There are zippers that overlap with a hole for a lock, that binds the two ends and does not allow the ends to separate. These are legal and a better solution

There is another type that has a key to actually lock the zipper

JohnFLand
09-05-2010, 9:04 PM
The key term in the statute is "SECURE". No definition given. A battery-operated circular saw with abrasive blade will cut through any plastic and most metal containers. A hatchet or good knife will cut through most plastic and all "soft" (e.g., gun rug) containers. A bolt cutter (or sometimes just wire cutters) will cut through most locks.

So one needs to turn to the purpose of the law. Haven't read the statutory history, but I'd be willing to bet that the underlying motive here was to make sure it takes an appreciable amount of time and obvious efforts to gain access to any firearm in the vehicle. Glove and utility compartments are likely banned because access is too easy (even if locked) and it would be common for someone in the vehicle to reach into such a compartment for legitimate reasons (getting registration) as well as dangerous reasons (grabbing a gun).

Since it would take an appreciable amount of time and obvious efforts (e.g., grabbing a knife) to cut open a gun rug, there is a very strong argument that a locked gun rug is "secure" within the meaning of the statute. But it will take a court determination to really ascertain the scope of the text. It would seem the rule of lenity should apply, favoring the defendant, since the scope of "secure" is vague and ambiguous.

Purple K
09-05-2010, 9:06 PM
Locked container does not specify what type of zipper on your container any more than it specifies what type of hinge. Don't read more into the law than what's there.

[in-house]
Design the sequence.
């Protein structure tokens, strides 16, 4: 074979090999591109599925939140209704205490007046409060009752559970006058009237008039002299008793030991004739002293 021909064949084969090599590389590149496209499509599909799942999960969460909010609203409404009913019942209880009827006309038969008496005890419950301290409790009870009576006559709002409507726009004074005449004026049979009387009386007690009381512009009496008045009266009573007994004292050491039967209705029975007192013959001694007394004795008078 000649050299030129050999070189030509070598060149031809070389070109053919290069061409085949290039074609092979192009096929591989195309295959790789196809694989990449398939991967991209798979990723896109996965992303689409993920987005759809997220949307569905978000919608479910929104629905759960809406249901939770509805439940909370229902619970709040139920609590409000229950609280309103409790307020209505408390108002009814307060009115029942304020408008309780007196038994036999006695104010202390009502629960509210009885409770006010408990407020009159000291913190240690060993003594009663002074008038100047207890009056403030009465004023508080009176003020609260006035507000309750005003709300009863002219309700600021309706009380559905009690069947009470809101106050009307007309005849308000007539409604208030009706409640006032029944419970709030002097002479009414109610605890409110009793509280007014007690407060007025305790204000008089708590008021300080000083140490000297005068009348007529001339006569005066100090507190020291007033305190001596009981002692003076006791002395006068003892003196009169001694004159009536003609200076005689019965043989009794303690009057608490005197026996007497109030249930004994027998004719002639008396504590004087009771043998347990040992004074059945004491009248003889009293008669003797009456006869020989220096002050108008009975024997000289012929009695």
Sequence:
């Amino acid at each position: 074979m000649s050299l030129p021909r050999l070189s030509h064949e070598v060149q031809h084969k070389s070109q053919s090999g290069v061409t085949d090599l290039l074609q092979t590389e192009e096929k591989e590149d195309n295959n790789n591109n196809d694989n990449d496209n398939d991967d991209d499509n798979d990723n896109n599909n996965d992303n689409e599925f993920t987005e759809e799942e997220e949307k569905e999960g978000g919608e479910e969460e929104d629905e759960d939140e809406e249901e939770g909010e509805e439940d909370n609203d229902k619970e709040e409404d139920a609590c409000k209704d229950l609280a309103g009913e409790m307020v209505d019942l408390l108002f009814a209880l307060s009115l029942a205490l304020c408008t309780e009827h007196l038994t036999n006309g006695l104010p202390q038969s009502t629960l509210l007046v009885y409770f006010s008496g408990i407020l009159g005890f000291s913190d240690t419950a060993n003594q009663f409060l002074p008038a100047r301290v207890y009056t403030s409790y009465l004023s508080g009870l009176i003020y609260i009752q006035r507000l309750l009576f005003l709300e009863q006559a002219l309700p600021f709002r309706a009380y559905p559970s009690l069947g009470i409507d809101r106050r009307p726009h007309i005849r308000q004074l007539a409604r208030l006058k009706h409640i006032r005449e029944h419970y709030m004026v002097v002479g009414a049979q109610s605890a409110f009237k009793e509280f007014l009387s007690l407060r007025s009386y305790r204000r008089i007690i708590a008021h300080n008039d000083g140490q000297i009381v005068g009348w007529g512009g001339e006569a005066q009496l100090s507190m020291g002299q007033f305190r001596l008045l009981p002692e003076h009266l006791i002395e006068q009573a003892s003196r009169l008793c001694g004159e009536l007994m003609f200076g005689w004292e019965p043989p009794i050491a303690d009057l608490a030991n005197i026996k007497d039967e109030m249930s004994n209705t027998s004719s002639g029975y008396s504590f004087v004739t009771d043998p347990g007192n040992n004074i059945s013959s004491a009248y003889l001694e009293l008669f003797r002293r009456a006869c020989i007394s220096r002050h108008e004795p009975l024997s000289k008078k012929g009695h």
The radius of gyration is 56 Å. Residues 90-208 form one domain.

sevensix2x51
09-05-2010, 10:59 PM
i can cut through my gun safe with a sawzall and enough blades. gun rugs are fine. my edc is in a rug, and i never think twice about it.

17+1
09-05-2010, 11:05 PM
and said that it was considered a locked case. I was told by a gun store employee the other day that the rug wasn't a locked container because it could be cut open.

LOL...that's subjective.

By this reasoning, my buddy with his plasma cutter could render my cars trunk an unlocked container in just a few seconds.

JagerTroop
09-05-2010, 11:56 PM
Here's some food for thought:

The other day, I dropped my micro vault (housing a G23 and 2 mags) on the carpet. It landed on the corner and popped open.

I can't ever recall a locked gunrug 'accidentally' opening.

Munk
09-06-2010, 2:35 AM
I love this. That should tell you something about how "secure" a simple lockbox can (or in this case, might NOT) be.
Here's some food for thought:

The other day, I dropped my micro vault (housing a G23 and 2 mags) on the carpet. It landed on the corner and popped open.

I can't ever recall a locked gunrug 'accidentally' opening.

To the topic at hand. If it's locked, has no easy openings through which a person may touch the firearm, and is strong enough that a child of average to low strength cannot forcibly open the container, it's good to go. (no plastic baggies with a masterlock closing the end).

If it requires a tool, or a great amount of force without one, it's all good.

That being said...A wireless rotary tool can unzip almost any container in seconds, turning your padlock into the new hinge, or just removing the hasp that the lock is run through (locks are usually STRONGER than the container and aren't worth bothering with).